Commit 1e89d8ec authored by Klaus Aehlig's avatar Klaus Aehlig

Add a design for redundancy with plain instances

While we cannot avoid data loss on node crashs if we
have plain instances, we can ensure that the cluster
has enough capacity to reinstall the instances on a
new node. Add a design describing how we enusre this.
Signed-off-by: default avatarKlaus Aehlig <aehlig@google.com>
Reviewed-by: default avatarPetr Pudlak <pudlak@google.com>
parent 62ba2be9
......@@ -704,6 +704,7 @@ docinput = \
doc/design-os.rst \
doc/design-ovf-support.rst \
doc/design-partitioned.rst \
doc/design-plain-redundancy.rst \
doc/design-performance-tests.rst \
doc/design-query-splitting.rst \
doc/design-query2.rst \
......
......@@ -27,6 +27,7 @@ Design document drafts
design-multi-storage-htools.rst
design-shared-storage-redundancy.rst
design-repaird.rst
design-plain-redundancy.rst
.. vim: set textwidth=72 :
.. Local Variables:
......
======================================
Redundancy for the plain disk template
======================================
.. contents:: :depth: 4
This document describes how N+1 redundancy is achieved
for instanes using the plain disk template.
Current state and shortcomings
==============================
Ganeti has long considered N+1 redundancy for DRBD, making sure that
on the secondary nodes enough memory is reserved to host the instances,
should one node fail. Recently, ``htools`` have been extended to
also take :doc:`design-shared-storage-redundancy` into account.
For plain instances, there is no direct notion of redundancy: if the
node the instance is running on dies, the instance is lost. However,
if the instance can be reinstalled (e.g, because it is providing a
stateless service), it does make sense to ask if the remaining nodes
have enough free capacity for the instances to be recreated. This
form of capacity planning is currently not addressed by current
Ganeti.
Proposed changes
================
The basic considerations follow those of :doc:`design-shared-storage-redundancy`.
Also, the changes to the tools follow the same pattern.
Definition of N+1 redundancy in the presence of shared and plain storage
------------------------------------------------------------------------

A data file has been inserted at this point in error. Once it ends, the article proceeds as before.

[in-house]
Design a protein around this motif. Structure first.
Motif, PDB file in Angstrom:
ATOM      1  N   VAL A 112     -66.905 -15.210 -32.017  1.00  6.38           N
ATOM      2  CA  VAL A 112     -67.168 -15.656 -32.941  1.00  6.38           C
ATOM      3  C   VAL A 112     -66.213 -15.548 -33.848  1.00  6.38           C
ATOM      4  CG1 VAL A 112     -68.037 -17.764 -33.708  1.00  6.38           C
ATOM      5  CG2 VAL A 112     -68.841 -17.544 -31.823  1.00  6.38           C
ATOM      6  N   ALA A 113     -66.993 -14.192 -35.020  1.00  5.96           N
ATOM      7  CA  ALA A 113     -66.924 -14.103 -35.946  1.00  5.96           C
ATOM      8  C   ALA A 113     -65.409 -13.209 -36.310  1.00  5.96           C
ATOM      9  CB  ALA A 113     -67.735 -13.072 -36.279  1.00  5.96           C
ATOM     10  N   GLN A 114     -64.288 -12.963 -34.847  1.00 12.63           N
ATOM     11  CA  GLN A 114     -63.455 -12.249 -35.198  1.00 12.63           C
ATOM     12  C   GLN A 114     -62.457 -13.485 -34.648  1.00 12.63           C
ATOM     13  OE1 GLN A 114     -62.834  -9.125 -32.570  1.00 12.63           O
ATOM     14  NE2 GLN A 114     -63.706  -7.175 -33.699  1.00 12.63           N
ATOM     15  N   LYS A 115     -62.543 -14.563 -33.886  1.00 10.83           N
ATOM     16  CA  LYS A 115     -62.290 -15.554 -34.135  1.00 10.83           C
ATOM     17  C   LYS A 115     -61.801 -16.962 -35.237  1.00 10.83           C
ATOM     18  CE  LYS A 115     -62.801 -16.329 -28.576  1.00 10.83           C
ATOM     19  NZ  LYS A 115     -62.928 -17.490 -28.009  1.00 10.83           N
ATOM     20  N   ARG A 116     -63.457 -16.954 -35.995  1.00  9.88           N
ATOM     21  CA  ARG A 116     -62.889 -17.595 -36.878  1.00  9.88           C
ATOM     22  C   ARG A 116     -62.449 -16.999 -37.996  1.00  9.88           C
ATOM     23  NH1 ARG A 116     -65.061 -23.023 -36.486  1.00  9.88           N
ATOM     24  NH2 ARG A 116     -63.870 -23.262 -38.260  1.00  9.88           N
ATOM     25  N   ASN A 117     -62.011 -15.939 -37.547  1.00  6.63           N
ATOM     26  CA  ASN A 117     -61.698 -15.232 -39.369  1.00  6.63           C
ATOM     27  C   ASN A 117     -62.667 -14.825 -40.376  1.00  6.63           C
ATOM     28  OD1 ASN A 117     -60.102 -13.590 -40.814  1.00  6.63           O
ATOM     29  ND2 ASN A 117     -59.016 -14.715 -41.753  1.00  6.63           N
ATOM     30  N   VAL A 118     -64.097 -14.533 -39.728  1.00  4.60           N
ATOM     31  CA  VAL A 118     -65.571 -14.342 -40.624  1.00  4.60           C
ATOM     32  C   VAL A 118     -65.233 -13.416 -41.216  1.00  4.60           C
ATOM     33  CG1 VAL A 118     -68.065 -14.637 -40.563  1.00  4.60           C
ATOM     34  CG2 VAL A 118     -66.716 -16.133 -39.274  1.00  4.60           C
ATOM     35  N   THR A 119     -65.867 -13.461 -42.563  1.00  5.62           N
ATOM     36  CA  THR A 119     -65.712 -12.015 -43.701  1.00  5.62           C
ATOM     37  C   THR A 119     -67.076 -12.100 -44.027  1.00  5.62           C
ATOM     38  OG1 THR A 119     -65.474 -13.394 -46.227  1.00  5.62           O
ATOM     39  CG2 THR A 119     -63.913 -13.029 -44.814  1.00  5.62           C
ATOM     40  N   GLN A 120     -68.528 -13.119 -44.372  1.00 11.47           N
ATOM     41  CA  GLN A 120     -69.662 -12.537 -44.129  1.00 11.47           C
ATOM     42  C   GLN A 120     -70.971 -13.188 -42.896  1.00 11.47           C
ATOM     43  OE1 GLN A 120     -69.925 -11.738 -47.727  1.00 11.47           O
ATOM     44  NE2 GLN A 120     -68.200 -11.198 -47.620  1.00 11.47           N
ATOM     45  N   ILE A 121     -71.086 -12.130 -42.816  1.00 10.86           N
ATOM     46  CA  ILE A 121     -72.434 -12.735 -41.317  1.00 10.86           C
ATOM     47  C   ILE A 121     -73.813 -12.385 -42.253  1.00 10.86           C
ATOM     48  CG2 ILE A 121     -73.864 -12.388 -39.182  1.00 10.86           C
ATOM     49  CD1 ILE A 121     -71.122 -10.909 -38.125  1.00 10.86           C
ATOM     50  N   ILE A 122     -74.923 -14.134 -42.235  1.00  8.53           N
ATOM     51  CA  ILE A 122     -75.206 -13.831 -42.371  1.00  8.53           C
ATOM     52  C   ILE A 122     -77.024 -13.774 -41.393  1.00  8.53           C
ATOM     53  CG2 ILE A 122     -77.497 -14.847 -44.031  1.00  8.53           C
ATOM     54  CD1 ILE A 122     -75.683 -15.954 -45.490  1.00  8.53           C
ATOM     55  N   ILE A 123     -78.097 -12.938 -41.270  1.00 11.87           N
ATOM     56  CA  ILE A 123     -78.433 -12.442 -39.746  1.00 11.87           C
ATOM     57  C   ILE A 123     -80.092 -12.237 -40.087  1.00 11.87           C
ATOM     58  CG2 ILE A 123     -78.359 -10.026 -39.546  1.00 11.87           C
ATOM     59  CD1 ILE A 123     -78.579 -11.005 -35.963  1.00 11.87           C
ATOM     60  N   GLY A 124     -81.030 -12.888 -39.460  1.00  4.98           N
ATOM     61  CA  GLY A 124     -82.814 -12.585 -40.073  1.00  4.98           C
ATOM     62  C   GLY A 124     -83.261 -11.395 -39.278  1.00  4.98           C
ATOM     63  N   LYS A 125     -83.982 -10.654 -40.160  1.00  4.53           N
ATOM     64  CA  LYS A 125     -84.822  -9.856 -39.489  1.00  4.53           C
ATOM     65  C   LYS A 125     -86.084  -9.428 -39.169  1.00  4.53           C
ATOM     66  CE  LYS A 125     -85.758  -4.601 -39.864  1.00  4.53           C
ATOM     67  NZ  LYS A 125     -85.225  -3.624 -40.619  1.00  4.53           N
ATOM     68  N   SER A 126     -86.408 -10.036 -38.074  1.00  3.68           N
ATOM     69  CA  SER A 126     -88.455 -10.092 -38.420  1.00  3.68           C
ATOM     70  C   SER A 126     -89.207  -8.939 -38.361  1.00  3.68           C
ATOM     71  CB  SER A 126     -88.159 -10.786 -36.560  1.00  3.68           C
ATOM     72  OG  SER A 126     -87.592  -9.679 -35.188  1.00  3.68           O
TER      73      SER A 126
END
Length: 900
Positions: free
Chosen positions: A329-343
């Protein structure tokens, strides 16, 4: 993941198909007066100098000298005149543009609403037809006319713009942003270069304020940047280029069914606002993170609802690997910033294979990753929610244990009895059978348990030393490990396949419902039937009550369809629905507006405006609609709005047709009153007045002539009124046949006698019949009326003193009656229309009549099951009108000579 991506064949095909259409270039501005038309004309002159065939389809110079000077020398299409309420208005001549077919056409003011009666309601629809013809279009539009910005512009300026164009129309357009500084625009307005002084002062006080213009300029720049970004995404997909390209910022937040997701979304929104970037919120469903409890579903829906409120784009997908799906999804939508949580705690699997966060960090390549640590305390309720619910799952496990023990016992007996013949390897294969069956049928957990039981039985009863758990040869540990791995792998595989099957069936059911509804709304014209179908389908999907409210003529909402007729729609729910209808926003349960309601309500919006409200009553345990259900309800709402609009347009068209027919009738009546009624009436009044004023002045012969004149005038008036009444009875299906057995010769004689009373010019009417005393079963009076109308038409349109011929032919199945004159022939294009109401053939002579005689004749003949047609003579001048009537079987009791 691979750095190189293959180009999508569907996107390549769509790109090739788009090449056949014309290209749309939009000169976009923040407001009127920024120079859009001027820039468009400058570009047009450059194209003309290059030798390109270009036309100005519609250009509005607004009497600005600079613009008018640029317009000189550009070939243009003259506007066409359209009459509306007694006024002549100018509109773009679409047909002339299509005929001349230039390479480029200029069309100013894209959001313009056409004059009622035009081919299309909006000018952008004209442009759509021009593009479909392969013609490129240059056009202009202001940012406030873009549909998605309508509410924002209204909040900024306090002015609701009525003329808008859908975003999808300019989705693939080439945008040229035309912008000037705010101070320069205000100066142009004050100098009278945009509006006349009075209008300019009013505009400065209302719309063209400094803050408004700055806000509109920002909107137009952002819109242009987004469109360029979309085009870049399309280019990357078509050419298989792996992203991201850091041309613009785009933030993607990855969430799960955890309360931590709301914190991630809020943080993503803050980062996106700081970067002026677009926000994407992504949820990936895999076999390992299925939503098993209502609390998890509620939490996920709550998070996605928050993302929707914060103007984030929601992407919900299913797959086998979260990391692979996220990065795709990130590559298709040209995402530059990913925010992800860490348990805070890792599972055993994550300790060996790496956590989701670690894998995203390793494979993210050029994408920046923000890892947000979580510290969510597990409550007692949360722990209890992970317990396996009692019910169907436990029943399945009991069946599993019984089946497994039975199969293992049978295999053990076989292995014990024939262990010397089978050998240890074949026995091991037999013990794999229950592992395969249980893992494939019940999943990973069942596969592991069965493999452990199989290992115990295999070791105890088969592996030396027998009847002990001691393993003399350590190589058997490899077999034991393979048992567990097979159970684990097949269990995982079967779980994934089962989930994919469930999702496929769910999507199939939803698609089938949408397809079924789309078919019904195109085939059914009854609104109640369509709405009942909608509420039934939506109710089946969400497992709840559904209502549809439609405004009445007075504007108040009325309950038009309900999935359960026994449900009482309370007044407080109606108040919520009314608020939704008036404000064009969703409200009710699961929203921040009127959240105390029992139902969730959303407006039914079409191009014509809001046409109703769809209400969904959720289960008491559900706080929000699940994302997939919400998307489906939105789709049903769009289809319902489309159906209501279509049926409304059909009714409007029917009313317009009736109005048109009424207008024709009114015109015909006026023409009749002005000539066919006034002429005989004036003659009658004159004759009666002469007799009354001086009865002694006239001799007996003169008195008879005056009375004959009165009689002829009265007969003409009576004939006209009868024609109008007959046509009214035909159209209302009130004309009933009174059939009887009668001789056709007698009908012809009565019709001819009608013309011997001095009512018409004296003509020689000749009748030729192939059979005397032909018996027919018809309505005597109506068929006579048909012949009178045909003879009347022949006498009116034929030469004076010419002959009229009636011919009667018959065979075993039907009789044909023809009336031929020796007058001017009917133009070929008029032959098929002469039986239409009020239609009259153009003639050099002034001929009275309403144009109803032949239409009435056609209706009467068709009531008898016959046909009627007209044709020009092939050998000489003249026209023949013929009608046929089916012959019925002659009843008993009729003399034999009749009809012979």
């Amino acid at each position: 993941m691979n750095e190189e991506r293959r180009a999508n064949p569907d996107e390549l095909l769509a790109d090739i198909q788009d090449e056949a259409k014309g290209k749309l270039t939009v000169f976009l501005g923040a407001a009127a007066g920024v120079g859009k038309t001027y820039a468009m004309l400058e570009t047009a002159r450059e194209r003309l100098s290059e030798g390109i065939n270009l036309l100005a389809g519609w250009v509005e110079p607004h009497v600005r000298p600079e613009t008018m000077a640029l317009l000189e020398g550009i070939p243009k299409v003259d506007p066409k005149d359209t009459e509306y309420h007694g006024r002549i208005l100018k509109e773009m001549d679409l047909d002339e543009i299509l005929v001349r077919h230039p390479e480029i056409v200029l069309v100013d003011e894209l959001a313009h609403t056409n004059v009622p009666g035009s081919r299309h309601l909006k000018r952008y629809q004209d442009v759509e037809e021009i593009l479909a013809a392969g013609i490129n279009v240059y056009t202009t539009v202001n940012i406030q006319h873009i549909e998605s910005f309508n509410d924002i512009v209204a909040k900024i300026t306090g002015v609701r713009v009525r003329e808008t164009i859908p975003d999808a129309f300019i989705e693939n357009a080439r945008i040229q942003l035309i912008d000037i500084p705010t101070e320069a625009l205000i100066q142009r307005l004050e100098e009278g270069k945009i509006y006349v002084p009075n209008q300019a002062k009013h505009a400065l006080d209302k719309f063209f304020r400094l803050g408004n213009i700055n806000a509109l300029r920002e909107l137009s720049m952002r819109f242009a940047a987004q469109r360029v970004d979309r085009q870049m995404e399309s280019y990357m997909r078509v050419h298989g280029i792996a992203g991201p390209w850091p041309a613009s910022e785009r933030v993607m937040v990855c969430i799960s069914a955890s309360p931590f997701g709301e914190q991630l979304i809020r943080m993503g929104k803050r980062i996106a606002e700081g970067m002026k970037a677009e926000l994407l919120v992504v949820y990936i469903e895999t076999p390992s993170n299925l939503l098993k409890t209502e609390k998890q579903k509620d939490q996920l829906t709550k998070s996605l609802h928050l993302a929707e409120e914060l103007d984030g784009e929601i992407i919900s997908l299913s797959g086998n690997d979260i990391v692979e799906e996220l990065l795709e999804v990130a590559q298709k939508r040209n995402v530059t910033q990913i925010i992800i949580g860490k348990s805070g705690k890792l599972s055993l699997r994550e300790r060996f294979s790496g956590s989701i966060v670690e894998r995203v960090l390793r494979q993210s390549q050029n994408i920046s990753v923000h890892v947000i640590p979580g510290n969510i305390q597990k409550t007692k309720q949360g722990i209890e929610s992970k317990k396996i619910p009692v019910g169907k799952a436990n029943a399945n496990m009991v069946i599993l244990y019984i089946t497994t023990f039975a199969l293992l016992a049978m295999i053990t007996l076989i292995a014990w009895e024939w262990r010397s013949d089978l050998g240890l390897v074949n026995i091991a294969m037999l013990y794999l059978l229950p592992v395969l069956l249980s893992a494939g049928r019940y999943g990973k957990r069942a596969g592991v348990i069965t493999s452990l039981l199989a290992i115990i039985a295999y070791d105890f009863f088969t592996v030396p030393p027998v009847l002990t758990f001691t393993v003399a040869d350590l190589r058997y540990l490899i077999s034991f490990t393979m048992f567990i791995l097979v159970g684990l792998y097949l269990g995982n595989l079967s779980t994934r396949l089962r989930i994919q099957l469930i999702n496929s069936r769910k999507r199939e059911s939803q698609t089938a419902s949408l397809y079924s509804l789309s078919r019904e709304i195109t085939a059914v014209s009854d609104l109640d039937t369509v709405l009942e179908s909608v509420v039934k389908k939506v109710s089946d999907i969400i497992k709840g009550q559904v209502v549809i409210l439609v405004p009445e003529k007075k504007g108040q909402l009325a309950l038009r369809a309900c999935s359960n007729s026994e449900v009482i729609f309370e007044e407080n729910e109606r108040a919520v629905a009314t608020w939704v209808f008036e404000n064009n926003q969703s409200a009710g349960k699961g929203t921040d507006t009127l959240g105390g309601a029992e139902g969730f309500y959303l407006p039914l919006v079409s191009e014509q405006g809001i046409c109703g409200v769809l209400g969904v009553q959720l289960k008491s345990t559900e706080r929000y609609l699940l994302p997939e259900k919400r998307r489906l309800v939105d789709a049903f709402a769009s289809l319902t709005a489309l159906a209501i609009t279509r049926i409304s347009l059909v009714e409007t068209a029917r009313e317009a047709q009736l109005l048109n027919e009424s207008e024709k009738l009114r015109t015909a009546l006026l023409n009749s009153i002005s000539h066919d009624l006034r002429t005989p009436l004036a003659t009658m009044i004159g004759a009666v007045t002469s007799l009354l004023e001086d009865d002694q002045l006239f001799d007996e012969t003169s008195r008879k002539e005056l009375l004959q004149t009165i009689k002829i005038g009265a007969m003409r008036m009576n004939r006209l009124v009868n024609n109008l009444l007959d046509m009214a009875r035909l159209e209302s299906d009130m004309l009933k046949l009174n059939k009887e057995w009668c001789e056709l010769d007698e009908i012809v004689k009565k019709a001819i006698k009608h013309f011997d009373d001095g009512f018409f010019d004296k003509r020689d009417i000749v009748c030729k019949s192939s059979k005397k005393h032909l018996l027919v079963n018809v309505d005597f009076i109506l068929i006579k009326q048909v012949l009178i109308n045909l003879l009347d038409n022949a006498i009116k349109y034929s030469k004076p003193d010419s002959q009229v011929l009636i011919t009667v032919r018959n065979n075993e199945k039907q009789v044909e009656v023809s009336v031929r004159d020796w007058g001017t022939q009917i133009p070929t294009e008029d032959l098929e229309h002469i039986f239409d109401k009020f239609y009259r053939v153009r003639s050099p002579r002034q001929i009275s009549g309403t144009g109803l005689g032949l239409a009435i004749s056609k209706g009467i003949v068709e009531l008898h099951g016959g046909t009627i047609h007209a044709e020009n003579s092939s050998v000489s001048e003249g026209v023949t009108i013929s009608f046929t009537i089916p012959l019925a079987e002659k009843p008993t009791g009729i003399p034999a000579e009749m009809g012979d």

A cluster is considered N+1 redundant, if, for every node, the following
steps can be carried out. First all DRBD instances are migrated out. Then,
all shared-storage instances of that node are relocated to another node in
the same node group. Finally, all plain instances of that node are reinstalled
on a different node in the same node group; in the search for a new nodes for
the plain instances, they will be recreated in order of decreasing memory
size.
Note that the first two setps are those in the definition of N+1 redundancy
for shared storage. In particular, this notion of redundancy strictly extends
the one for shared storage. Again, checking this notion of redundancy is
computationally expensive and the non-DRBD part is mainly a capacity property
in the sense that we expect the majority of instance moves that are fine
from a DRBD point of view will not lead from a redundant to a non-redundant
situation.
Modifications to existing tools
-------------------------------
The changes to the exisiting tools are literally the same as
for :doc:`design-shared-storage-redundancy` with the above definition of
N+1 redundancy substituted in for that of redundancy for shared storage.
In particular, ``gnt-cluster verify`` will not be changed and ``hbal``
will use N+1 redundancy as a final filter step to disallow moves
that lead from a redundant to a non-redundant situation.
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